Rip and Burn: DVD Backup on the Mac
This weekend I had some free time so I figured I would take another look at DVD backup solutions on the Mac. Windows users have always had DVDShrink and a few other tools but with a few applications you can quickly backup your DVDs and make a copy for archiving in the event the original gets scratched.
Before I get into what applications I use I want to talk about the state of the “SuperDrive” in current and past Macs. Besides the expensive Mac Pro most Mac computers top out at 8x read speed and even as recent as two years ago that speed was halved to 4x. If your Mac has a read speed of 4x or even 8x you might want to look into getting an external drive like this one. I say this because I can rip one of my movies to my hard drive in roughly 12 minutes where as my internal 4x Superdrive takes over 25 minutes. If you are serious about archiving DVDs invest in a faster DVD burner, you’ll thank me when you do.
There are a few applications out there that can do the job. Fairmount uses a hook in VLC to mount an encrypted DVD as an unencrypted volume allowing you to just drag and drop your VIDEO_TS and AUDIO_TS files right in Finder. Thats nice but it doesn’t check for errors or DVD region. I use Mactheripper instead. Mactheripper allows you all of the advanced features you could ask for. Simply put your DVD in, open Mactheripper, and rip your DVD.
Some things to note. Pay attention to Disc RCE: if it says “CLEAR” then leave everything default. If it says anything else change the option in “RCE Region” to the region where you purchased the DVD. North America is “1” and so on. You can find the rest of the regions with a quick Google search.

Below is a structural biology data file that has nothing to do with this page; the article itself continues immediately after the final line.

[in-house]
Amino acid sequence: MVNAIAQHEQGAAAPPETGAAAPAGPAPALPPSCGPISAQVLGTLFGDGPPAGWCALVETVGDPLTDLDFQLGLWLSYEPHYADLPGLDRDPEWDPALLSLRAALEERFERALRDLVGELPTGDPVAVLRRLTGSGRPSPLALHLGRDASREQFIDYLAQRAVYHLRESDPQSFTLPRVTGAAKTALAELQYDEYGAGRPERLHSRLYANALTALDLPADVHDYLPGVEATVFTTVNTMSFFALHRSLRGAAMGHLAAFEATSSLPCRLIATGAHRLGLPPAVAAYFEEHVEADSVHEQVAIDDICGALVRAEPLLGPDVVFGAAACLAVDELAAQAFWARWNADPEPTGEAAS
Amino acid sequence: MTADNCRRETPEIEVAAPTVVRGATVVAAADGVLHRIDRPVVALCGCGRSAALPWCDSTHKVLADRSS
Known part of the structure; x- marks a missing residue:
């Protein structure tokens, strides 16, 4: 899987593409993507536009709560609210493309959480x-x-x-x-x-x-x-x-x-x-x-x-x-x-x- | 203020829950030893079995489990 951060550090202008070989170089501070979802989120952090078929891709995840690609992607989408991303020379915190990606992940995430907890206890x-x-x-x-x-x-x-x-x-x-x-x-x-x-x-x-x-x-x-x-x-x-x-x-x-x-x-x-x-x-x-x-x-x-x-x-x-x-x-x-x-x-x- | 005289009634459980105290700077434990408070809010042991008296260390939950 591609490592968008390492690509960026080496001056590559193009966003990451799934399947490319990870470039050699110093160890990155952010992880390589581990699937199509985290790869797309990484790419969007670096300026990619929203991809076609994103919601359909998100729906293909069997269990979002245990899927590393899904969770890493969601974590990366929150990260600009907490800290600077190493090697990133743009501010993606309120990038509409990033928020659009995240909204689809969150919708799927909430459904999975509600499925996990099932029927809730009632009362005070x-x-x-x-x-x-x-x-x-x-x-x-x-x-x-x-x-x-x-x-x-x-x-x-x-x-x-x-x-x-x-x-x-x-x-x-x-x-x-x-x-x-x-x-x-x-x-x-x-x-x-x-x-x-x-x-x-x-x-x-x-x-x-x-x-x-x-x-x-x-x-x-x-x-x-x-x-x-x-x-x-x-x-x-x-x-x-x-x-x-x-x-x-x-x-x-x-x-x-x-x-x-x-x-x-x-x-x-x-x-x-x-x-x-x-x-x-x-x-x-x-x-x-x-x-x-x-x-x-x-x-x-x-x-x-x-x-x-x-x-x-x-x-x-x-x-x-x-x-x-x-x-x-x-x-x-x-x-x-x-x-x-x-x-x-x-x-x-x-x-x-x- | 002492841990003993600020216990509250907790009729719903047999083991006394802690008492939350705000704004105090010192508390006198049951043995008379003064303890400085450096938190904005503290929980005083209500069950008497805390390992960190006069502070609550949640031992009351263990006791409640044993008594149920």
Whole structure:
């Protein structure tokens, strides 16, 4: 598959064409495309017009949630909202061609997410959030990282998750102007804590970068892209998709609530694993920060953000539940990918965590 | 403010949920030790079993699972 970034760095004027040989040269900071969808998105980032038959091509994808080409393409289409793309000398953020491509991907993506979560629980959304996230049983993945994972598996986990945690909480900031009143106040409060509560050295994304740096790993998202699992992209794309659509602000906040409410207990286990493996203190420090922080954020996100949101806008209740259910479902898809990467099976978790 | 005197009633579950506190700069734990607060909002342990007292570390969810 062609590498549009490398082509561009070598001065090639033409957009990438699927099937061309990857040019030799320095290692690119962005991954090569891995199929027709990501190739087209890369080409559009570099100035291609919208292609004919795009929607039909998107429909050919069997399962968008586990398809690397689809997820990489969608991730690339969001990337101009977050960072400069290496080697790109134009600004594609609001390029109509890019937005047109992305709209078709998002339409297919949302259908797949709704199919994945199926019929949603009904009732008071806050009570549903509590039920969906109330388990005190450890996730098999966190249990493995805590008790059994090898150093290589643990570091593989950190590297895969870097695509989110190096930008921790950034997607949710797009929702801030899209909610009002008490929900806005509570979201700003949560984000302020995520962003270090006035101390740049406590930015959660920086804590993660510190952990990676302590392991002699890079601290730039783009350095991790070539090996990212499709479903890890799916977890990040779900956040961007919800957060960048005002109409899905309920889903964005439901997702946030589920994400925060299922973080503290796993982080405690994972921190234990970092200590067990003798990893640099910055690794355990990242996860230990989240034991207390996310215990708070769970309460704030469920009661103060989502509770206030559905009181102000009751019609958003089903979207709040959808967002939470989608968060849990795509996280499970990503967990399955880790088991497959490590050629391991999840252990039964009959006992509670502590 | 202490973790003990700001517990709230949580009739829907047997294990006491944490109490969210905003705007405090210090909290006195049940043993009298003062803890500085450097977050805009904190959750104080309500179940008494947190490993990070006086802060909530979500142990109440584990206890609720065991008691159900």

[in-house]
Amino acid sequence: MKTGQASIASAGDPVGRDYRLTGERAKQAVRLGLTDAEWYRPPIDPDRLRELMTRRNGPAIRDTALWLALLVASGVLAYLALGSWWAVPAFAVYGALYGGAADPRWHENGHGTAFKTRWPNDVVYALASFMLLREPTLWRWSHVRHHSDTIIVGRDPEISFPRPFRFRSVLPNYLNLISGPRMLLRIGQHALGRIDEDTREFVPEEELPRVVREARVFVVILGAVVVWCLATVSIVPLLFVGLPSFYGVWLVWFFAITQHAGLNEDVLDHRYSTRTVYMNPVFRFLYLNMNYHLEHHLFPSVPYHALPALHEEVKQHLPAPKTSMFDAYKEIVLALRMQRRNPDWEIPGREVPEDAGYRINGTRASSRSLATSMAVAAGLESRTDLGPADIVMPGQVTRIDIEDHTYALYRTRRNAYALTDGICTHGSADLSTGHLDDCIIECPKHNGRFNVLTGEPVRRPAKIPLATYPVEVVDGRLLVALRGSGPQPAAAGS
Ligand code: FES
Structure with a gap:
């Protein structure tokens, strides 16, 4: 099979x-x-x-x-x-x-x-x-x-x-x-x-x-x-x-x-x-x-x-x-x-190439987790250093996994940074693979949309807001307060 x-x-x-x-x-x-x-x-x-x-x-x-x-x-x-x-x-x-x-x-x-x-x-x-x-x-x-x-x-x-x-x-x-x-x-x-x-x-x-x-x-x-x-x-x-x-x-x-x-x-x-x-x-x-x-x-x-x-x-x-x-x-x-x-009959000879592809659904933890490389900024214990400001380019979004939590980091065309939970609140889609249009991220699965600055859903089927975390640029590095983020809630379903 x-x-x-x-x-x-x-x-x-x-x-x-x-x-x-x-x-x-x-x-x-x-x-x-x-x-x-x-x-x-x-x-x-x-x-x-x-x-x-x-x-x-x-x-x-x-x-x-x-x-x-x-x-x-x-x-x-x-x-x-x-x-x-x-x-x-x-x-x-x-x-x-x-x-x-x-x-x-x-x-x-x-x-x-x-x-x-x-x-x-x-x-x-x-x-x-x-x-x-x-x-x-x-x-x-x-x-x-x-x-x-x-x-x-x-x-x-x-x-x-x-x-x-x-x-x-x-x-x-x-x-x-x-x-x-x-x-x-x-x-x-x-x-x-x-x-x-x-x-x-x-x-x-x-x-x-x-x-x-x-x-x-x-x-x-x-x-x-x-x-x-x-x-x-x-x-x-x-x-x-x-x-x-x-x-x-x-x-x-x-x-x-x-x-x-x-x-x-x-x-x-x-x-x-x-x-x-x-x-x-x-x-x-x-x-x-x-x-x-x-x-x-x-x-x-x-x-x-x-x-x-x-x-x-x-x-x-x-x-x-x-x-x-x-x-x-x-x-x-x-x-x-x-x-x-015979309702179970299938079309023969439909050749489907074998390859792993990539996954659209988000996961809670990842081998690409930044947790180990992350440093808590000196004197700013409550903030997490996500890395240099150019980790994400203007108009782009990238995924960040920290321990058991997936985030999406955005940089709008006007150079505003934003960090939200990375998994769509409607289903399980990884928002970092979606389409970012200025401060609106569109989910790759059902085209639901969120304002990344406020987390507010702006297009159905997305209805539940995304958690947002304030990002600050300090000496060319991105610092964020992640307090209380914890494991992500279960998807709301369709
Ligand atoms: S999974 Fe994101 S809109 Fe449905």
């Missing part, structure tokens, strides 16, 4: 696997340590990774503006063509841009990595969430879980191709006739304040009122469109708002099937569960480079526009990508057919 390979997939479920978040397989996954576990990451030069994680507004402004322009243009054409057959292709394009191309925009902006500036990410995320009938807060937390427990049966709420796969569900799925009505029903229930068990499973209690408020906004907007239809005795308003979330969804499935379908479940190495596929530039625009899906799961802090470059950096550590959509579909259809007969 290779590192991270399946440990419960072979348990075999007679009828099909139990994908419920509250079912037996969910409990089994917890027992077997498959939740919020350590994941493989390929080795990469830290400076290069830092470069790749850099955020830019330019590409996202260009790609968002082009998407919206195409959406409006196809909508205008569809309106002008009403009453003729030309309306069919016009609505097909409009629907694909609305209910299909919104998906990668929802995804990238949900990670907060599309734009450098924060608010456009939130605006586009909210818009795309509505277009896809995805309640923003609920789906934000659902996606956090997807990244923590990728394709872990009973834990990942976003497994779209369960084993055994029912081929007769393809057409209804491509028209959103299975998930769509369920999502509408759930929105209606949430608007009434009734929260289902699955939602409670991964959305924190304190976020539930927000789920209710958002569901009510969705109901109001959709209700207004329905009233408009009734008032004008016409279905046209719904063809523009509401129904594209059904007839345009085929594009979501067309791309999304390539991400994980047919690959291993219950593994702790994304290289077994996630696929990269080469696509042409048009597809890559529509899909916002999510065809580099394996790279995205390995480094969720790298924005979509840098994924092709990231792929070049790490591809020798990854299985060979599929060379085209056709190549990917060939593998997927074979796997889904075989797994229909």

Here is a screenshot of me ripping my DVD Gone in 60 Seconds. The DVD is scratched and I want a backup before it’s not readable anymore. You can see that the “DISC RCE-” is set to clear so the “RCE Region” is default to “Off”.
Dual layer DVDs are expensive so I don’t buy them. Instead I compress my DVDs down until they fit onto a standard 4.7GB blank. To do this I use DVDRemaster. DVDRemaster allows you to compress certain parts of the DVD, remove parts you don’t want, and even encode these raw files for you iPod or other devices. Compressing these files down takes about 8 minutes on my two year old Macbook and it only uses about 50-60% of my CPU.
This screenshot shows that I am leaving the main title at 1.00 compression where as all the bonus features and extra video is compressed to 1.20, the highest setting. You can choose to leave the extra features out but I personally like the DVD menu to remain working especially if you are doing a full backup instead of just ripping the main movie.
This part of the guide will probably get the most scrutiny. I personally use Disco for all of my burning needs but you can use any application you’d like. OSX’s built in burning feature can even burn these files if need be. Your mileage will very if you try to play back these DVDs on standard DVD players. Keep in mind that this guide was made with the intent of backing up your DVDs for archiving instead of pirating.
One more thing
You can take this one step further if you have Lightscribe media and a Lightscribe drive. My external DVD drive is a random Lightscribe drive I got from a friend and an external enclosure I purchased off of Newegg.com You can use Lacie’s Lightscribe software found here. It’s free and I can vouch that it works on any Lightscribe drive, not just their own.